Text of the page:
How might this saga end? To answer the question, we need to examine the motives of the participants: the US is able to enjoy low real interest rates and a large excess of spending over income; members of the dollar zone achieve more stable growth by subsidising manufactured exports and minimising vulnerability to volatile capital flows. The US might attack the policies of its dollar-zone partners if the administration found the political drawbacks of trade deficits greater than the advantages of low interest rates. Its partners might change their policies if they found the dangers of overheating, or US protectionism, greater than the advantages of competitive exchange rates.

In the meantime, as the more recent of the papers concludes,"the unwillingness to accept the inevitable downward slide in the US dollar, due to a massive labour surplus in much of Asia and cyclical fears in Japan, is leading to intervention flows that are unprecedented . . . We are experiencing an official sector effort to reverse global private capital flows on a scale that we have never seen, even at the end of Bretton Woods."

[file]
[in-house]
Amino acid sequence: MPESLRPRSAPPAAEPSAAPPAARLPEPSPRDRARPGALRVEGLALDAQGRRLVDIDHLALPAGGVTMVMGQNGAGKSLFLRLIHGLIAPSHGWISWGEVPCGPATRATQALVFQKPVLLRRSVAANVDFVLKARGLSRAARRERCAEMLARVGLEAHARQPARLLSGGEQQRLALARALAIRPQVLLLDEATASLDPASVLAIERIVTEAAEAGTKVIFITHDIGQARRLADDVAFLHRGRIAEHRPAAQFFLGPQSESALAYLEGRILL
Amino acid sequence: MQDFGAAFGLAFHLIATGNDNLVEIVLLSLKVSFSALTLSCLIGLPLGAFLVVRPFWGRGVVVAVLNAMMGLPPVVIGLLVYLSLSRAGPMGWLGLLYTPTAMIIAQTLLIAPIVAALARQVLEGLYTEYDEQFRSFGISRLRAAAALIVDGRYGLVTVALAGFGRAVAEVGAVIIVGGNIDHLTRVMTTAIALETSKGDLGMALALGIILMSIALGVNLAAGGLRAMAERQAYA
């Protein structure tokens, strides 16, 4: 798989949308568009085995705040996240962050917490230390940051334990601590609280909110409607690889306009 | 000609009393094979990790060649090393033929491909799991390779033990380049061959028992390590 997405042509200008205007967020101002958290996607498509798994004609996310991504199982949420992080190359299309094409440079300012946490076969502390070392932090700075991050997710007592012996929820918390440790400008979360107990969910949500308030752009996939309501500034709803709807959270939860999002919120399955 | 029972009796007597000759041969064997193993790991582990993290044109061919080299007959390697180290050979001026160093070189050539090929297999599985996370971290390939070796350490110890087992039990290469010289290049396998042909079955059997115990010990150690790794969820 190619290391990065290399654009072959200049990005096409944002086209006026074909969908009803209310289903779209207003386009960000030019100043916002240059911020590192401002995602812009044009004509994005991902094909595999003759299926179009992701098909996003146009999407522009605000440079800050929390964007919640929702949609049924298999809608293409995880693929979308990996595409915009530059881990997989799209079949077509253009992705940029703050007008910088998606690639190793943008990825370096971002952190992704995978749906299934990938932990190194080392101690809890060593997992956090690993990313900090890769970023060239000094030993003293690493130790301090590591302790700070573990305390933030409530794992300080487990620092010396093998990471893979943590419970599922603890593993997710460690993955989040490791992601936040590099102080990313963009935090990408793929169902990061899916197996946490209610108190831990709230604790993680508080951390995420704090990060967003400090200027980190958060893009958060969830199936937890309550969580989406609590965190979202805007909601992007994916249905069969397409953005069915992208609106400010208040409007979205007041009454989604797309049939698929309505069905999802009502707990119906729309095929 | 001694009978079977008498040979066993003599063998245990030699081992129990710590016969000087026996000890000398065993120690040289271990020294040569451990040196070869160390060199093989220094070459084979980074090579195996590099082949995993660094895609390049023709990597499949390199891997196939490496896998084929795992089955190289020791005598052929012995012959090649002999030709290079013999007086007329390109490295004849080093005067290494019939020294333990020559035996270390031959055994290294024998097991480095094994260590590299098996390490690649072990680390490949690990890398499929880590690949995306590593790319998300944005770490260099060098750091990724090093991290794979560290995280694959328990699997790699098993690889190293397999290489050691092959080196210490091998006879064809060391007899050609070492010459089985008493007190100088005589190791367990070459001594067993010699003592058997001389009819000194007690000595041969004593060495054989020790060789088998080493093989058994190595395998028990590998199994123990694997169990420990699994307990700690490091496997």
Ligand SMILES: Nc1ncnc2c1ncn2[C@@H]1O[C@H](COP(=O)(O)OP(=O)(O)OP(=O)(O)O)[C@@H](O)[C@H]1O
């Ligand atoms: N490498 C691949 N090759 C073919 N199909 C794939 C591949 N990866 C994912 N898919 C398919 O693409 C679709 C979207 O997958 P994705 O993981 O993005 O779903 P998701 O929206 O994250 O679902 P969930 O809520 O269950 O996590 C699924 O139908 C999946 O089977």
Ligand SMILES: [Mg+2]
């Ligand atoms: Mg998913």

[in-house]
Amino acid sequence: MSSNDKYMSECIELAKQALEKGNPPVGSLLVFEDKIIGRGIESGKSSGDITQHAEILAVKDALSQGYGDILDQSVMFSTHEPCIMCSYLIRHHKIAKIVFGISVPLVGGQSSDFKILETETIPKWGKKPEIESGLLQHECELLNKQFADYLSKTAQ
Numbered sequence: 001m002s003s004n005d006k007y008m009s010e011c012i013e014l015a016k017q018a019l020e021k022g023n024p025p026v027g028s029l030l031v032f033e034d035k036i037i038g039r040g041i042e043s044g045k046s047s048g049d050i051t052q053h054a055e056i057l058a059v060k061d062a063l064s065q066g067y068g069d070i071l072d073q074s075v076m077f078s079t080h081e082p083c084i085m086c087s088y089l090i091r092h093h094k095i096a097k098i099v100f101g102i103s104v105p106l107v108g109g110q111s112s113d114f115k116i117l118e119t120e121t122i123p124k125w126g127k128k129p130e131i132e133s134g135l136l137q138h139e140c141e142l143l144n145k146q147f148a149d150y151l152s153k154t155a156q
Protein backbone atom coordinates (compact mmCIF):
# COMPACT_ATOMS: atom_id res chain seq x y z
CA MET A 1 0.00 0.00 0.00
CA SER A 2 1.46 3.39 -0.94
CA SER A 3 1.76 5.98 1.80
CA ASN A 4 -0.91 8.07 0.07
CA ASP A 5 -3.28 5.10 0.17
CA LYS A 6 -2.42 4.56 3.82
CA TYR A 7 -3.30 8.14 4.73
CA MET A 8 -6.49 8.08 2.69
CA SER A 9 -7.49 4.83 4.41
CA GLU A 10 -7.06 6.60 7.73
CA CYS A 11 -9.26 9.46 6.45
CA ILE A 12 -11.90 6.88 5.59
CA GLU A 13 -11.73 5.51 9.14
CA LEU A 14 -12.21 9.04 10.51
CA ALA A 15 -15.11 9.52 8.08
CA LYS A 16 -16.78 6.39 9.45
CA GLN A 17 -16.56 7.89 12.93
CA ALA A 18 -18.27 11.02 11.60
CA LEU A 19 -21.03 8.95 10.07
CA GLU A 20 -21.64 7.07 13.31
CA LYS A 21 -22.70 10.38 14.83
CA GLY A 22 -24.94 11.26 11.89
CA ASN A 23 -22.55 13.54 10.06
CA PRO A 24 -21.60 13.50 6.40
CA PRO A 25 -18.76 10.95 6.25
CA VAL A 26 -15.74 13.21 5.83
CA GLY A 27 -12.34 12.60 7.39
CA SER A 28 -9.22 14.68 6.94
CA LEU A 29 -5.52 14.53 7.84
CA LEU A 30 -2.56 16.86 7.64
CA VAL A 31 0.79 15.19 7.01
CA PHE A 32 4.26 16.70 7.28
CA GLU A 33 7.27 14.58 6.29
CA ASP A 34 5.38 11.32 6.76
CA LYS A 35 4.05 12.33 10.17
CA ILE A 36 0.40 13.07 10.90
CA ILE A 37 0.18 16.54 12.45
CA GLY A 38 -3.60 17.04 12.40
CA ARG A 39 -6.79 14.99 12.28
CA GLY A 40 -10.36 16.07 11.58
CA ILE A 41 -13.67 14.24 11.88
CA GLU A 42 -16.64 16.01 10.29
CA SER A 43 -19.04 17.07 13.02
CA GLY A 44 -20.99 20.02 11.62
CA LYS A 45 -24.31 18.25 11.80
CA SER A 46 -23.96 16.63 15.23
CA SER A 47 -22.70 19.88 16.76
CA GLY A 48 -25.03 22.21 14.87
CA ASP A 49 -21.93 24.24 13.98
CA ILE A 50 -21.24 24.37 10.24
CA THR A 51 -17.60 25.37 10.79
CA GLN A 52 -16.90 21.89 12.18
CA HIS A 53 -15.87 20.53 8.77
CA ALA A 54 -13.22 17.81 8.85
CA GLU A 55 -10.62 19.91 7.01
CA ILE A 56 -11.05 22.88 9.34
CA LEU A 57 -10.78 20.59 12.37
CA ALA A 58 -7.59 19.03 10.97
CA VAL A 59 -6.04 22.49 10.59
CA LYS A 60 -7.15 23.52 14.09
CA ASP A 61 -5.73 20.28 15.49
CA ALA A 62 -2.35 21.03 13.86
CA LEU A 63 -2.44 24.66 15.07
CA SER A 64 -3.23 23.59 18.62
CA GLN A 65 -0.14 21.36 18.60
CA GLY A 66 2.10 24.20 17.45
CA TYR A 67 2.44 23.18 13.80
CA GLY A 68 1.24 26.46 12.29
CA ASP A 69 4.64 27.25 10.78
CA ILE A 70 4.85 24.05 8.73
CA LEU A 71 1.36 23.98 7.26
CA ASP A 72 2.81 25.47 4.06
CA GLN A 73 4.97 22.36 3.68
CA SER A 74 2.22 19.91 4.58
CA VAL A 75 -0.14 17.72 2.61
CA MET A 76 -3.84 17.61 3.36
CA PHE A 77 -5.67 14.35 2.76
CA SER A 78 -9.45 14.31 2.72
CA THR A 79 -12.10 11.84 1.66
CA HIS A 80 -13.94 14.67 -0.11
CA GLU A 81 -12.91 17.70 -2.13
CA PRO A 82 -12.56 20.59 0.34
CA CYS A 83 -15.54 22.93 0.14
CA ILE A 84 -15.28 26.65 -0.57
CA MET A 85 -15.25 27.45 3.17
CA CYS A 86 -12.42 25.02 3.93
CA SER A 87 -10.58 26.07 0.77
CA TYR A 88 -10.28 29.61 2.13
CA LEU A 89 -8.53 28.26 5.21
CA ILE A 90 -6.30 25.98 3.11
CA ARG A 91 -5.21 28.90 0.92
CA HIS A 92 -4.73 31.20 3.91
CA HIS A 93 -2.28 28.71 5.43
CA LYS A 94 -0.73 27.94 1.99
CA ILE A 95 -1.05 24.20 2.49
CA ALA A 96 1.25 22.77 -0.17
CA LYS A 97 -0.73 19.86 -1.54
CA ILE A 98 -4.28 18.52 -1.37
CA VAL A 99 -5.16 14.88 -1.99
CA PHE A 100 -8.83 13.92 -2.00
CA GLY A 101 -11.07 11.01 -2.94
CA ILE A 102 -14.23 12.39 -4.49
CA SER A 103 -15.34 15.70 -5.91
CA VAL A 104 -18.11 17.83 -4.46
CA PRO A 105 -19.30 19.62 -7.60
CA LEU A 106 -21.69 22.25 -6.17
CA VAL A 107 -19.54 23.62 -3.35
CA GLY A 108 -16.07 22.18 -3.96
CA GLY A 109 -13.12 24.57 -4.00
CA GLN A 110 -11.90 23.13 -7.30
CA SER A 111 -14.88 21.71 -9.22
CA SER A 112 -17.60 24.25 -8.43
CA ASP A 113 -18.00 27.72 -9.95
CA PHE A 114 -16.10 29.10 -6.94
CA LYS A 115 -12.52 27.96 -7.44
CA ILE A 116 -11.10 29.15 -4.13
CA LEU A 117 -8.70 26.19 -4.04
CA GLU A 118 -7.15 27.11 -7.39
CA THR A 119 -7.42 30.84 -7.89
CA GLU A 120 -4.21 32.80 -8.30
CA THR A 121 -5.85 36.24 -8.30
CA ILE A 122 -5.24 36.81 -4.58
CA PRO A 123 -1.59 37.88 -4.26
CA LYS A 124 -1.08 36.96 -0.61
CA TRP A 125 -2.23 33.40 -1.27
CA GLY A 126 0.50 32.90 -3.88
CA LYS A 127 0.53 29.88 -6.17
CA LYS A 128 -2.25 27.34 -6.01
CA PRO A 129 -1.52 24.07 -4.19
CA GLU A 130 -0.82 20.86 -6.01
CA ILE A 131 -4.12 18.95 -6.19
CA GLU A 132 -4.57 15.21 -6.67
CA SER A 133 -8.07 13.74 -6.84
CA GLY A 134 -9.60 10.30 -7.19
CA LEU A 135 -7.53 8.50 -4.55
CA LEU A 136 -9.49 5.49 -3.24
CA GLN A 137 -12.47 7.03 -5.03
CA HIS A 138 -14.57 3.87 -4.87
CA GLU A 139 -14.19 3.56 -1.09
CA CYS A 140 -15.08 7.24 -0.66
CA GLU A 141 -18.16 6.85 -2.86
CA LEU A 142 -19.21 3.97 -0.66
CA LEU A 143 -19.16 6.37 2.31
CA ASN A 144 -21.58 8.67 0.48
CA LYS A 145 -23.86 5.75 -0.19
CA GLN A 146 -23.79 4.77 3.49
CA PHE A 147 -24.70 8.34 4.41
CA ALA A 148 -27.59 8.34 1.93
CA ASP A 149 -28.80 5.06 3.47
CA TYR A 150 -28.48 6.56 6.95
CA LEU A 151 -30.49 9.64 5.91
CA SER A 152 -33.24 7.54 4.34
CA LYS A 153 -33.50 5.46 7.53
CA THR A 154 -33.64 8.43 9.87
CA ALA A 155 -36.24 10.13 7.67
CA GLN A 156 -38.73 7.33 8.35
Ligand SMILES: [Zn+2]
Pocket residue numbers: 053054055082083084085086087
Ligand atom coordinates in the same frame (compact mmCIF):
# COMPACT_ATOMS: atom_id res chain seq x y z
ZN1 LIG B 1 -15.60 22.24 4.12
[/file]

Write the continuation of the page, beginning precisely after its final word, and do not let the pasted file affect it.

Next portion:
The Bretton Woods system was broken by US protection against imports and worldwide inflation. Either could recur. But timing is unpredictable. Meanwhile, efforts to expand the US economy are driving a global boom. Enjoy!

* An Essay on the Revised Bretton Woods System, Working Paper 9971, September 2003,; ** The Revised Bretton Woods System: The Effects of Periphery Intervention and Reserve Management on Interest Rates and Exchange Rates in Center Countries, Working Paper 10332, March 2004,

comments powered by Disqus